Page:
It was Krome’s travails that initially led to the formation of Kennedy Miller Mitchell Interactive, with Krome maintaining its Brisbane office. Since then they’ve “taken the risk and absorbed not only the Krome team but Team Bondi’s last standing warriors,” says Mitchell. “There’s never enough critical mass in this country to keep going,” adds Miller. “What’s fascinating, though, is that Team Bondi immediately went to work on Happy Feet Two. People can move from a game to a movie and be completely at home, because it’s the same skills, process – the same game.”
Which is why, after resisting the impulse for years, and watching imitators clean up, Miller is now finally going to make Mad Max, the game. Backed by Warner Bros, the game version of Fury Road was to be made in Sweden, until Miller saw what Team Bondi could do. He has also acquired the rights to Team Bondi founder Brendan McNamara’s next game, Whore Of The Orient.
“With the government’s support we can immediately go forward with two games,” says Mitchell. “Warner Bros is standing by, willing to do Fury Road; the incentive would bring it back here in a New York minute. It’s not immediately obvious but the potential in the video games sector is massive. Just from the statistics people are showing me, it’s a $60 billion industry fast-tracking towards $90 billion. And it’s not dominated by any particular country. Films are very expensive, so studios . . . are making drastically fewer of them, but much higher quality, and they invest in sequels, because they know that they’ve got an opening which they don’t have to buy with their marketing dollars as aggressively.
“They’ll make 10 films where they used to make 20. So, instead, people are drifting to game acquisition because of the budgets. The cost of a film may be $170 million – twice that to market it – whereas the basic cost of making a game might be 10 per cent of that. Look at LA Noire, they sold about 3 million units in a week, about $US135 million ($130 million) net revenue, off a cost base which was infinitely lower than even your average low-budget film.”
That will inevitably change how films are made. “There are technologies they have to develop in games because things need to happen more quickly in a game,” Miller says. “Those are going to speed up digital filmmaking and television way more, because they’re obliged to do it if they want things to look as real as possible and happen in real time. And that’s really pushing things – so that instead of years to make an animation film, that time could collapse.” Adds Mitchell: “Video games will end up the engines to distil TV episodes, movies, and generally move stuff very quickly in a much more cost-effective way, back out and deliver almost instantly to situations where you’re buying it online.”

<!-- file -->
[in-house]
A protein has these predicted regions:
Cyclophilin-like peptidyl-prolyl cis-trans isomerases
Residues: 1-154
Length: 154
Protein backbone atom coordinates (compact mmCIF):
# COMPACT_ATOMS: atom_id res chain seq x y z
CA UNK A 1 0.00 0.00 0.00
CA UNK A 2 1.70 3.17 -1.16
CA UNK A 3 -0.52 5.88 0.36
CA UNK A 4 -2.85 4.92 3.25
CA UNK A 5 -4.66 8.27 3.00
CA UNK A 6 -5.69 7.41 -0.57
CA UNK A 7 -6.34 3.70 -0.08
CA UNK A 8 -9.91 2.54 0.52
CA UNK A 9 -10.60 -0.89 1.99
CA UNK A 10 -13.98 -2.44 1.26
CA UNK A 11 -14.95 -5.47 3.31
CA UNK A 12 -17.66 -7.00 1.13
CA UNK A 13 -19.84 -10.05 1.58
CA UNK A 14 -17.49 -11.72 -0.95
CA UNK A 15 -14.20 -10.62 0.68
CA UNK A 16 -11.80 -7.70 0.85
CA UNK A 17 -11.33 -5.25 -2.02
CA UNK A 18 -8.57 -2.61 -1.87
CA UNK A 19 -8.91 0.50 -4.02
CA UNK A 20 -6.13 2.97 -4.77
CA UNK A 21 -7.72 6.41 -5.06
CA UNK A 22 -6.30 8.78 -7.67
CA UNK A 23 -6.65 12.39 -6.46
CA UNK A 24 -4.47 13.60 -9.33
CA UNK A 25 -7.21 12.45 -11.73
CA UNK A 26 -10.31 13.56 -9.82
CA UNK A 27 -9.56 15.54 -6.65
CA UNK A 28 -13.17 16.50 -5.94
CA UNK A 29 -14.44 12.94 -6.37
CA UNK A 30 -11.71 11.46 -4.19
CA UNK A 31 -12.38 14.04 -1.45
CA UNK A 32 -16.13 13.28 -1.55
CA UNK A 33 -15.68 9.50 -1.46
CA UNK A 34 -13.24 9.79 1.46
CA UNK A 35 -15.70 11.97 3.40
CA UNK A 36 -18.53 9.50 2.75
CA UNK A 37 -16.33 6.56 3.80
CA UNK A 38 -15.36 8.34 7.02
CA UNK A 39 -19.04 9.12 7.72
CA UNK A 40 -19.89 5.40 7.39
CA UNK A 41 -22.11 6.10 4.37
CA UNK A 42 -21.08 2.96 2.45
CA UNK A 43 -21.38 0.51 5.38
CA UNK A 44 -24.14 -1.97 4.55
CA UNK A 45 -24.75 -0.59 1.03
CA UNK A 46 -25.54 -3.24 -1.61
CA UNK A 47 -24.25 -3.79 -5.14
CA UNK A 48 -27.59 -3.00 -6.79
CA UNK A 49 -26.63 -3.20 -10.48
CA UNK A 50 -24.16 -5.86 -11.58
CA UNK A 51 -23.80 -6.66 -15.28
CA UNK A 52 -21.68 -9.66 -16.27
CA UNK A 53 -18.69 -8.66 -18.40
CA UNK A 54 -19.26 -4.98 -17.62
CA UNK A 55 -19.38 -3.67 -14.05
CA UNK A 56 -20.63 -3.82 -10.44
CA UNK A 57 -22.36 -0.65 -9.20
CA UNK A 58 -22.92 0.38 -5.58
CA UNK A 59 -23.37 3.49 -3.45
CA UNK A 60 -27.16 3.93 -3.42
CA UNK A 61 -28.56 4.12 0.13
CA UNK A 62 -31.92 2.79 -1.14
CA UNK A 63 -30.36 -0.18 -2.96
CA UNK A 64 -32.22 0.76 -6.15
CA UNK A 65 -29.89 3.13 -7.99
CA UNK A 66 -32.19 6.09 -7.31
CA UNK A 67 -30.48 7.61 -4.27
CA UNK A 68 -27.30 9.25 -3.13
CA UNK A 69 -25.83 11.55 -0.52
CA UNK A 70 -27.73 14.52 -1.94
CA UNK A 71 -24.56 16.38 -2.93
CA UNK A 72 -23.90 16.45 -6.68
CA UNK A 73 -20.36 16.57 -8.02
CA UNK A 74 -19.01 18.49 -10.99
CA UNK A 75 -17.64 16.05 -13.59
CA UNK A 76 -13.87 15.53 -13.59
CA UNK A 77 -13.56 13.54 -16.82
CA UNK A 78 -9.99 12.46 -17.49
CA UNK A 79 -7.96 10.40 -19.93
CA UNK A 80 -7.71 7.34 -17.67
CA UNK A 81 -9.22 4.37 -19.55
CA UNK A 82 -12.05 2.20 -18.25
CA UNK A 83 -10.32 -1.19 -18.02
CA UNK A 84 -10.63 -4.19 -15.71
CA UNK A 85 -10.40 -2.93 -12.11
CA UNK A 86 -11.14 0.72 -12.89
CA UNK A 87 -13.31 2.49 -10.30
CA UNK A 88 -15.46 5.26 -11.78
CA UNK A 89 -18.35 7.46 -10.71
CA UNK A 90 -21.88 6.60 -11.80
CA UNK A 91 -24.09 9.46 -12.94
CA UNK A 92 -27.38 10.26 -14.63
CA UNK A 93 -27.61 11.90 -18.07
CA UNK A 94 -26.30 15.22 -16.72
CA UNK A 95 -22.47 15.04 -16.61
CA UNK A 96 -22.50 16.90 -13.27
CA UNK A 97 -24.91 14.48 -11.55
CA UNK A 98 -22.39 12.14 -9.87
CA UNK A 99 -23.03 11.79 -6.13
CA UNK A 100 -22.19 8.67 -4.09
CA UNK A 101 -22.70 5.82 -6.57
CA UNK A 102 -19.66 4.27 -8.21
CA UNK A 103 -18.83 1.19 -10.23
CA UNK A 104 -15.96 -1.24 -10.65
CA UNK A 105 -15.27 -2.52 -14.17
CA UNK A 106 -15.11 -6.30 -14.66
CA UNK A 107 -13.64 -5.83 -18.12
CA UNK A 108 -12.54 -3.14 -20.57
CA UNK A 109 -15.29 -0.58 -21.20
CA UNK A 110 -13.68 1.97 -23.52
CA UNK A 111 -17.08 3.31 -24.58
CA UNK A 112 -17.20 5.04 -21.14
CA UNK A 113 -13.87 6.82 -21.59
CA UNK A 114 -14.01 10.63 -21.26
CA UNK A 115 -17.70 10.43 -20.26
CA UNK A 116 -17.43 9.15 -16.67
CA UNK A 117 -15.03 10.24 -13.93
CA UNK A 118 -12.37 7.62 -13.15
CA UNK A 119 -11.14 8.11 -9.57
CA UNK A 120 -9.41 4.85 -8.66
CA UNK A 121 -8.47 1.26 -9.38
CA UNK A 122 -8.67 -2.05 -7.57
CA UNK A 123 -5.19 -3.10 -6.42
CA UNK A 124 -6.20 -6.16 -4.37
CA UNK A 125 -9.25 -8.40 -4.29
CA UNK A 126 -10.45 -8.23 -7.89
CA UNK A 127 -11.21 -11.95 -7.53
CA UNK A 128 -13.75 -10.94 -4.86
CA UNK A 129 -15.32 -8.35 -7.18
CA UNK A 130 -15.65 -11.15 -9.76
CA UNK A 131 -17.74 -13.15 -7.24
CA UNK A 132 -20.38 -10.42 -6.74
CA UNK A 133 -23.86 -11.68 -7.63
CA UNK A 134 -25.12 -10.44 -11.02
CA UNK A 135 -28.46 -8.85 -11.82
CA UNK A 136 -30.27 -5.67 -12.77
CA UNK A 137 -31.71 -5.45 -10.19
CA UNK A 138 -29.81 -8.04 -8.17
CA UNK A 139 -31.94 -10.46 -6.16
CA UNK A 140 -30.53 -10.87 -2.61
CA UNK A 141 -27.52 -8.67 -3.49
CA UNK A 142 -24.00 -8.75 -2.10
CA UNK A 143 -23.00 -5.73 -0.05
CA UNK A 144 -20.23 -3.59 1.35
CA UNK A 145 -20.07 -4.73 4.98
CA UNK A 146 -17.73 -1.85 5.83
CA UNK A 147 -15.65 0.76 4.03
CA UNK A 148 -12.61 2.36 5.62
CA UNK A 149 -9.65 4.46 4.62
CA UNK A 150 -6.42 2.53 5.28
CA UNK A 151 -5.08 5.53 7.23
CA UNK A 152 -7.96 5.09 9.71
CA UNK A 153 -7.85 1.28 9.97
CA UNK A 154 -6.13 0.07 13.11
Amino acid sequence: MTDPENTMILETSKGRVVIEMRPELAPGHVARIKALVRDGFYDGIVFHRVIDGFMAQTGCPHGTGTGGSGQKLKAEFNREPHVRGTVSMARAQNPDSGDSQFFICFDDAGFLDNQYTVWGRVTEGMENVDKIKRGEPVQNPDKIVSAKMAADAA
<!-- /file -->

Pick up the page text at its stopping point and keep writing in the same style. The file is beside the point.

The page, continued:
But that’s just the business case. Characteristically it is the storytelling possibilities that have really seized Miller’s imagination. His apparently disparate oeuvre, with no film resembling its predecessor, has always been about finding fresh, compelling ways to entice punters into cinemas to watch essentially archetypal heroes’ journeys, from Mad Max and Lorenzo’s Oil to the cutting-edge animatronics that allowed him to film Babe a decade after he read the book; CGI with Happy Feet and now 3D with Happy Feet Two.
Each time, a technological breakthrough enabled a story to be told in a new way, providing a point of difference, a selling point. Games potentially represent the next quantum leap, he says. “It’s four-dimensional storytelling. A game can literally become the equivalent of a novel. That is the thing that people like me who write screenplays envy about novelists: that you can actually stop time and explore little cul de sacs. Whereas in a movie, you’d love to stop and examine that character, but you can’t. You’re on a rail . . . and if you talk to Brendan [McNamara], who is the brilliant mind behind this, it’s all the same issues as film. Instead of writing a 100-page screenplay, he wrote a 2800-page screenplay. But it’s the same dialogue, acting, blocking, wardrobe, costume, lighting, vehicle simulations. It’s a movie that’s played interactively at home.”
Which leaves Miller at yet another interesting juncture. Happy Feet Two won’t materially affect his future: Warner Bros long ago gave Fury Road the green light; indeed the studio has supported its darling through hell and high water – literally. Nor does the old saying that “you’re only as good as your last work” apply as much in the film world. “If you have one success, one conspicuous success, it allows you about three failures before people start to question your efficacy,” Miller says. “I don’t know how Happy Feet Two is going to perform; no one does,” he says.
“But the great attraction of sequels is it gives you a chance to do it better. What makes me quite relaxed at the moment is I know we’ve made a better film than the first one. There’s no question this film is significantly better in virtually every dimension. And that makes me feel, well, at least I’m progressing. It’s incredibly tempting to just phone it in, to say, well, let’s just cash in. That’s absolutely not what drives me.”
So what, at 66, is it that makes him trade Penguin Prison for the Namibian desert and whatever work camp comes next. “Curiosity,” he says. “To work with this new media, it’s like Br’er Rabbit in the briar patch. It’s just so exciting.
“At my age, the saddest thing to me is that I’ve got way more stories than I’ll ever have time to tell. I somehow thought my imagination would plateau. It might mean that I’m in early dementia, but my imagination is way more fervent than it was, and it stands to reason. I’ve been doing this since I was a little kid. My imaginative powers are probably the most muscular part of myself.”